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Trayvon’s Right to Stand his Ground

there’s a key question that I really wish someone would ask with regard to the Trayvon Martin trial.did Trayvon Martin have a right to stand his ground?this isn’t just a key question fis probablyr the case, but also a clear weakness in the concept of a Stand Your Ground laws.

few conflicts are so simple as having an easily identifiable perpetrator and clearly identifiable victim. Usually both parties feel that they are justified in their actions. Zimmerman was probably sincere in his belief that Trayvon was a threat to his community. Perhaps this was motivated by race, or maybe it was motivated by the crime trends of the neighborhood as expressed by Zimmerman. He, therefore, felt justified in following Martin. When confronted by Martin, he almost certainly felt threatened.

What about Martin, however? Here was a young man being pursued by a stranger. Did he have, by virtue of Florida law, a right to stand his ground in the face of a threat? After all, the law should apply equally to Trayvon and to Zimmerman. Unfortunately, Trayvon did not survive the cinflict to make such a claim.

This is the hidden contradiction of Stand Your Ground laws. Only the survivor can make this defence. The law enshrines the dangerous ethic of “might makes right” or puts the law on the side of whoever shoots first.

2 Responses

  1. Jocelyne Clarke

    I hope Trayvon Martin does not die in vain, I am praising the group “Dream Defenders” for a remarkable job they are doing in Tallahassee. We need more people like them, like “National Action Network” etc…That law was implemented to profile black people, it is like the Stop & Frisk in New York City.These laws need to be repealed because they are unconstitutional.

    20. August 2013 at 22:49

  2. W.E.B. DuBois’ concept of “double consciousness” may have benefited Trayvon in this situation. But he was just a kid and like any other normal kid, he’s not going to react in a mature fashion to someone who is following him. A young man, especially, has to learn how to constrain his behavior. An example of an incident with a co-worker brings this concept to light. My co-worker, who has a Ph.D. in Hydrogeology, was working in the lab located in a separate building behind our boss’ home. This large home is in the McGregor Boulevard area. He was simply doing his work, using a microscope to describe the lithology of cuttings (samples of rock) taken from a well that was drilled for one of our projects. The lithology documents the particular aquifer being tapped for water use. Fort Myers police arrived and approached him with their guns drawn. Fortunately, he knew the correct way to react and calmly stated (when asked), that he was doing work for his boss and gave them our boss’ name, phone number, etc. The story was checked out, the guns were put back in their holsters, and they left….with no incident. Now, I have been house sitting, most of this year, for our boss and have gone into that same lab – sometimes, at night. And the neighbors have not called the police on me. Yes, my co-worker is a very dark black man from the Ivory Coast, and I am white. Enough said…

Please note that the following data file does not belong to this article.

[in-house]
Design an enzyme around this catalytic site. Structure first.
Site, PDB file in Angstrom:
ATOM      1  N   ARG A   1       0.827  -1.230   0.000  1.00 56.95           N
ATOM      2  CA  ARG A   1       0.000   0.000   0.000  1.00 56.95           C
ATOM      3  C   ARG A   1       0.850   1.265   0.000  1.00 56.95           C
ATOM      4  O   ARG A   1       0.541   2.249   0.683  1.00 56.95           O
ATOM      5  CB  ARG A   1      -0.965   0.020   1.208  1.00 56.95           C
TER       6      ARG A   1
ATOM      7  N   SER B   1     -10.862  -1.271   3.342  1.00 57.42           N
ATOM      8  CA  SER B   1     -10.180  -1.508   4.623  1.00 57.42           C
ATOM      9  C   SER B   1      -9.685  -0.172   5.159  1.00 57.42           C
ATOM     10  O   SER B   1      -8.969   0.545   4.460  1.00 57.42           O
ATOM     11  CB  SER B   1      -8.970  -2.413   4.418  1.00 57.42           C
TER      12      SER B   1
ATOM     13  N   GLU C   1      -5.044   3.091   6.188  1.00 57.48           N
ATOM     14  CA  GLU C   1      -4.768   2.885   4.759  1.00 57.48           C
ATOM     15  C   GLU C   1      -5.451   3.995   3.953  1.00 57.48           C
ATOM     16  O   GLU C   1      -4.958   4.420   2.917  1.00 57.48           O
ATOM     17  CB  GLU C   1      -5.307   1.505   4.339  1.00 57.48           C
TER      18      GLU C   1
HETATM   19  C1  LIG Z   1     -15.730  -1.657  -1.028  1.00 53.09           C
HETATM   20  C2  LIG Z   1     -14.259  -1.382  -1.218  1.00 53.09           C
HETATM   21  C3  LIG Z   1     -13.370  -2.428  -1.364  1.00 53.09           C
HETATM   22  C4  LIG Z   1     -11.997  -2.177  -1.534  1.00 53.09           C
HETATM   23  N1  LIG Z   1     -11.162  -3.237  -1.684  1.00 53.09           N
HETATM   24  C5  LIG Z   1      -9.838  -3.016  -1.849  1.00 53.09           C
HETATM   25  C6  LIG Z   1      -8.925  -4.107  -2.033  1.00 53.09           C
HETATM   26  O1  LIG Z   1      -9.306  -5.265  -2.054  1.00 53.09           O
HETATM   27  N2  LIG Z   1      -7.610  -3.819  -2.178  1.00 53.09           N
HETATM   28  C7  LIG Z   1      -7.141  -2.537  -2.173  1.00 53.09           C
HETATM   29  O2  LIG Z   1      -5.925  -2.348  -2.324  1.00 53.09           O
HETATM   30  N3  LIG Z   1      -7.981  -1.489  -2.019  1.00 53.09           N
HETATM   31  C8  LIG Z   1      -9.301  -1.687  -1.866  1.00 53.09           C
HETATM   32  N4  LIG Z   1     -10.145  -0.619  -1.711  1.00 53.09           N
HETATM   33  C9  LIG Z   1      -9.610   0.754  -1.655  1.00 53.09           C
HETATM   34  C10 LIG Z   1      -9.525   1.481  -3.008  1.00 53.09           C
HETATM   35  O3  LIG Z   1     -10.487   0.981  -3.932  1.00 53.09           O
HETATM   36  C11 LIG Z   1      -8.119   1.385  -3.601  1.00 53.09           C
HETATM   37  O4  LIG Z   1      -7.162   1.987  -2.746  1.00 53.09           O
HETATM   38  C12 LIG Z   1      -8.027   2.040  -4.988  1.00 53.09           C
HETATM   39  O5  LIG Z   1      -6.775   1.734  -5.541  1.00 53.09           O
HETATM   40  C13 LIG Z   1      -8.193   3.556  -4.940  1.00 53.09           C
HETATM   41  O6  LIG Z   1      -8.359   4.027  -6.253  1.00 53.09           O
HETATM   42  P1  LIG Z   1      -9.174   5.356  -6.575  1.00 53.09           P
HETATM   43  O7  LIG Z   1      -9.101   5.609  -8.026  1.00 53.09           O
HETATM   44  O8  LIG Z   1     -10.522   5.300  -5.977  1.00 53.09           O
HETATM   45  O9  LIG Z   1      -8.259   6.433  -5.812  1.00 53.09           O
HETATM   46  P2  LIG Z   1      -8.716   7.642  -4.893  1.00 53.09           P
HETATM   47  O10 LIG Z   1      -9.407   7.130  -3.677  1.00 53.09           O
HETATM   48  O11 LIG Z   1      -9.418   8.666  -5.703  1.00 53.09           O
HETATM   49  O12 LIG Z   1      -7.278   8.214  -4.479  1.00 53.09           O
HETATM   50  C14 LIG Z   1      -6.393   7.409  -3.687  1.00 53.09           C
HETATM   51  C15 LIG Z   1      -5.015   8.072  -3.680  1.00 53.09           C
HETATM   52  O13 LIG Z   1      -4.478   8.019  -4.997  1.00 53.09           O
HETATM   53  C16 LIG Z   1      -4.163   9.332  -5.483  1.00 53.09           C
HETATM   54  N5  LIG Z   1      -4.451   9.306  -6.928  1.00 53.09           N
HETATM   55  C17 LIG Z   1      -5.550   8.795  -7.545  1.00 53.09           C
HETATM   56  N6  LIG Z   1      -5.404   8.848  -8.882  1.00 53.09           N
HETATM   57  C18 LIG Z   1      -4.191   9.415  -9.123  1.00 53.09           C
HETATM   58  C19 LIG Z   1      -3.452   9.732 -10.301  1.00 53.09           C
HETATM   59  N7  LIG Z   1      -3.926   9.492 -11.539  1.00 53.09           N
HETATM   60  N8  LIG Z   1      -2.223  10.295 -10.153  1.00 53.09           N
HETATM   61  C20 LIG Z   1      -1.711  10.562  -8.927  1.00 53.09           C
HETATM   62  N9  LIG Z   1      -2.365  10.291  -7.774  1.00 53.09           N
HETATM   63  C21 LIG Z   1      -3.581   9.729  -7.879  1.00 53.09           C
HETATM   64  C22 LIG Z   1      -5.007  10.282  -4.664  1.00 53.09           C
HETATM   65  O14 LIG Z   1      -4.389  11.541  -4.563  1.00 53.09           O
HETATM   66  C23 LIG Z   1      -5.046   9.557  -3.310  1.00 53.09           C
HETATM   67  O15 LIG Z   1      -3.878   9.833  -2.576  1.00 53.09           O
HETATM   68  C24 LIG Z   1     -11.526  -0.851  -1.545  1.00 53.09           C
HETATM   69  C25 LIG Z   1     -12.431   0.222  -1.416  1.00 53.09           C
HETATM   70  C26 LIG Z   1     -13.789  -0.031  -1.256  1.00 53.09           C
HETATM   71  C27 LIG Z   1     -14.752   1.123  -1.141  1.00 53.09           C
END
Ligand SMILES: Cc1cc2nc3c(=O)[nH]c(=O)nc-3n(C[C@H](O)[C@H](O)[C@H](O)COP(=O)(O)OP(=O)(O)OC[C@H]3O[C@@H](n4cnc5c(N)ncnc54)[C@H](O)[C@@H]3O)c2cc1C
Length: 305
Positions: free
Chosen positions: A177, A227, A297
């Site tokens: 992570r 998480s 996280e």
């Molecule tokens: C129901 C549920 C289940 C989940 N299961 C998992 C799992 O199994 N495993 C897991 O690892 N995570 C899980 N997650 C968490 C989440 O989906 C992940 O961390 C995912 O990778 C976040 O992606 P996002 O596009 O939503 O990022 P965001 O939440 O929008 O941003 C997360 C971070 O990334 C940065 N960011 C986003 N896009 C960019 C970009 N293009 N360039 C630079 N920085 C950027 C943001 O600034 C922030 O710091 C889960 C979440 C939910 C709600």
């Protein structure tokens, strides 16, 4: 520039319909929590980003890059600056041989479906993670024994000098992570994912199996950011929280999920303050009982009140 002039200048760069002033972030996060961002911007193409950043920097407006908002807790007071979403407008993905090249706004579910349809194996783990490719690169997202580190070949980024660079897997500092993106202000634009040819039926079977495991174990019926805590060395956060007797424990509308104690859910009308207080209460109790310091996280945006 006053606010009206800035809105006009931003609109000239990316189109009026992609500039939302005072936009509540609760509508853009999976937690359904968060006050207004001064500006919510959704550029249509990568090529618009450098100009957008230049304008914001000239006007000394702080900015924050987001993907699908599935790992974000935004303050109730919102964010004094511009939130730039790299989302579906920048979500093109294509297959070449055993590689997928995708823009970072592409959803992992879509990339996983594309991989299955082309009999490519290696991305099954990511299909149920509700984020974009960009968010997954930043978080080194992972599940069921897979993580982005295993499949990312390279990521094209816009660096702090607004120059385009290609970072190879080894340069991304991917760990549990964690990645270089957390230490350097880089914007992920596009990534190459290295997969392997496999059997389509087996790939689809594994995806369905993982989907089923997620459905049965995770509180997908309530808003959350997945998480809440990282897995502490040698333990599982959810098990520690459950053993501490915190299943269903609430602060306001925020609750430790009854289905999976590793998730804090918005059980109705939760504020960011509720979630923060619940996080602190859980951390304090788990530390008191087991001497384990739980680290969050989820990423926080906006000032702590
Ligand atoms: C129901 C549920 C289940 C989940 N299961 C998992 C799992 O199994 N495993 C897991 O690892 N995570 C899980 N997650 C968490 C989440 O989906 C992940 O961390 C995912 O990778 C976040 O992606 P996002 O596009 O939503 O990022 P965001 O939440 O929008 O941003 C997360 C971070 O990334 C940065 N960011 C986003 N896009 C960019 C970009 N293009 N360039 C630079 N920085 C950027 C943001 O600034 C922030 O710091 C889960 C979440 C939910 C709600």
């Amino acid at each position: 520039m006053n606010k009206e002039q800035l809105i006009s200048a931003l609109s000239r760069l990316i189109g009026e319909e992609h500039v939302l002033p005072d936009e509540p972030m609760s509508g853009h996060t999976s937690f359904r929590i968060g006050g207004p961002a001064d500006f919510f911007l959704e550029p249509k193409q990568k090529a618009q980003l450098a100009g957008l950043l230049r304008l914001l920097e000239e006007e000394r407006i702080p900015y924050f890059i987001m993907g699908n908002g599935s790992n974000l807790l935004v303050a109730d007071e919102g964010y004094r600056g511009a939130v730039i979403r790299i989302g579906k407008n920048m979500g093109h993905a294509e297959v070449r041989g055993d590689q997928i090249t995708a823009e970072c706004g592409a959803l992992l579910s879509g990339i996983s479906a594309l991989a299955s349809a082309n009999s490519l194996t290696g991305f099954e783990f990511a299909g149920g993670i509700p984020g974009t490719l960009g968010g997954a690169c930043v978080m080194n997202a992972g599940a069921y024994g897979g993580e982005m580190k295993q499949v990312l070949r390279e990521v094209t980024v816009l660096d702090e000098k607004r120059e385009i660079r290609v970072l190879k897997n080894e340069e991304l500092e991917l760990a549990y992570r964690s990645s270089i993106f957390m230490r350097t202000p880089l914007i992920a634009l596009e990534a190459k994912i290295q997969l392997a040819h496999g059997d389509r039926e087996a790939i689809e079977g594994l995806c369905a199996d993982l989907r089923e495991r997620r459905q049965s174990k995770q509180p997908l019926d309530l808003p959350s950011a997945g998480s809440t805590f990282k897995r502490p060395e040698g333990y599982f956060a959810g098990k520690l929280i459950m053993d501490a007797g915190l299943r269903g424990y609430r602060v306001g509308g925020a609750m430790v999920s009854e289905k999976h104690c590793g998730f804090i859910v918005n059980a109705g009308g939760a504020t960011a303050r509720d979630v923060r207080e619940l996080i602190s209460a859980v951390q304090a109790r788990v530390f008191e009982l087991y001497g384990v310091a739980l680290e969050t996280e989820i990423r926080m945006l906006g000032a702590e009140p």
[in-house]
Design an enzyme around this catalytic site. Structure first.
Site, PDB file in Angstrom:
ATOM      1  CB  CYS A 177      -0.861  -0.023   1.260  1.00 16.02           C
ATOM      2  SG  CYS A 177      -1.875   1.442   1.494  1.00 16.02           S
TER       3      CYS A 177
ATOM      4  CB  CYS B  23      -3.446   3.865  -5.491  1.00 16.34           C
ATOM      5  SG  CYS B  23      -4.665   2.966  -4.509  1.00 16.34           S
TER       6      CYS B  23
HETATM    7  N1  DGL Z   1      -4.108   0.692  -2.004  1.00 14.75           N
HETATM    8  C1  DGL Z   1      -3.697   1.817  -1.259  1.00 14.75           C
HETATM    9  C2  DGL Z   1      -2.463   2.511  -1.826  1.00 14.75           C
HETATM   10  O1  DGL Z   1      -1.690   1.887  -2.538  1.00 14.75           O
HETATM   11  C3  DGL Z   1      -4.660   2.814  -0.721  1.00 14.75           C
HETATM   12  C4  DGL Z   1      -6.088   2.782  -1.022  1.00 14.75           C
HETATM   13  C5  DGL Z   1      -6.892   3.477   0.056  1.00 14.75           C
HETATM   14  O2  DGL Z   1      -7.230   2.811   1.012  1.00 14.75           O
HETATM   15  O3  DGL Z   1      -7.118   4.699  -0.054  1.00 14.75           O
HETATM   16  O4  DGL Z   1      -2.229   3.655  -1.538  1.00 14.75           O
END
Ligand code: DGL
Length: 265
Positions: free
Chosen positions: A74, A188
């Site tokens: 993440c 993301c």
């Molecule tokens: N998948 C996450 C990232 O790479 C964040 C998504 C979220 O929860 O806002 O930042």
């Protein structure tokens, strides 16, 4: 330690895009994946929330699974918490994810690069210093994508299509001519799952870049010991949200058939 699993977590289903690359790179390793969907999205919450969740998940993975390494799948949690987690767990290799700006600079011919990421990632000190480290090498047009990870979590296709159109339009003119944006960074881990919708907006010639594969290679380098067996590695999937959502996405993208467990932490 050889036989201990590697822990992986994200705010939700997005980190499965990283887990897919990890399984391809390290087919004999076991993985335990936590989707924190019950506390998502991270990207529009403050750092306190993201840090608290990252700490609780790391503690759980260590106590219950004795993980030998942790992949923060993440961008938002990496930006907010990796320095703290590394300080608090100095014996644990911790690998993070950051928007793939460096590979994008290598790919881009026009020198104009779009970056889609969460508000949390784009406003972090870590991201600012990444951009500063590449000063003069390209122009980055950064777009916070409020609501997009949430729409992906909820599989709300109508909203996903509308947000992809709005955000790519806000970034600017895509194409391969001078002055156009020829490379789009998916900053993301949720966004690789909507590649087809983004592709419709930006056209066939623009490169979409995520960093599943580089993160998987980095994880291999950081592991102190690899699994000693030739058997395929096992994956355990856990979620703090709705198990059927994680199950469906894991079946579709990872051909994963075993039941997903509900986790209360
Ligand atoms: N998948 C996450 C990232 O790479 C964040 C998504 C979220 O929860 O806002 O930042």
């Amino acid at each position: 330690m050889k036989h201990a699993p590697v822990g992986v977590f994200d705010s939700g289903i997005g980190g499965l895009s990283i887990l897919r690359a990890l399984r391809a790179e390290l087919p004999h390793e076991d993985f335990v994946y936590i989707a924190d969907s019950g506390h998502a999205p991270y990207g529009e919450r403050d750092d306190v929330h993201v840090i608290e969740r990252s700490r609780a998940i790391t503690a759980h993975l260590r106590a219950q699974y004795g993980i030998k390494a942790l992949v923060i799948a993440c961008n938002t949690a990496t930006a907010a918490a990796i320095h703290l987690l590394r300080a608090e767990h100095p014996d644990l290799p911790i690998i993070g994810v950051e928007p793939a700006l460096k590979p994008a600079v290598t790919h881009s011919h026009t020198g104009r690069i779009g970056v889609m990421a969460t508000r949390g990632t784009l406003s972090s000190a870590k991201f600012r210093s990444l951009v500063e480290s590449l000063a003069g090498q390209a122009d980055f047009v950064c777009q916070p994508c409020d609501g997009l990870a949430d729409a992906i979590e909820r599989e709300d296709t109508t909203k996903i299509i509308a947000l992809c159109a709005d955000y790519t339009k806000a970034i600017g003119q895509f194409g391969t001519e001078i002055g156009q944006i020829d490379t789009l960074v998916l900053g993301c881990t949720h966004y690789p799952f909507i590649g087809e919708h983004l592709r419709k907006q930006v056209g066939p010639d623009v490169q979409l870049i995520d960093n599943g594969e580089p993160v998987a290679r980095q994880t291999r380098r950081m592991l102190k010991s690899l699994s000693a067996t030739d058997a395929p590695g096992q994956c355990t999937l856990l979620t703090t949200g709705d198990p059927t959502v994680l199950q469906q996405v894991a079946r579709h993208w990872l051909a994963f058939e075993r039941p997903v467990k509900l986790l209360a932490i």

After Trayvon Martin’s death, I saw on the news how many black parents were teaching their children how NOT to react in certain situations. They realized it could be a matter of life or death for their child. How sad, but how wise of them to do this.

    17. September 2013 at 18:56

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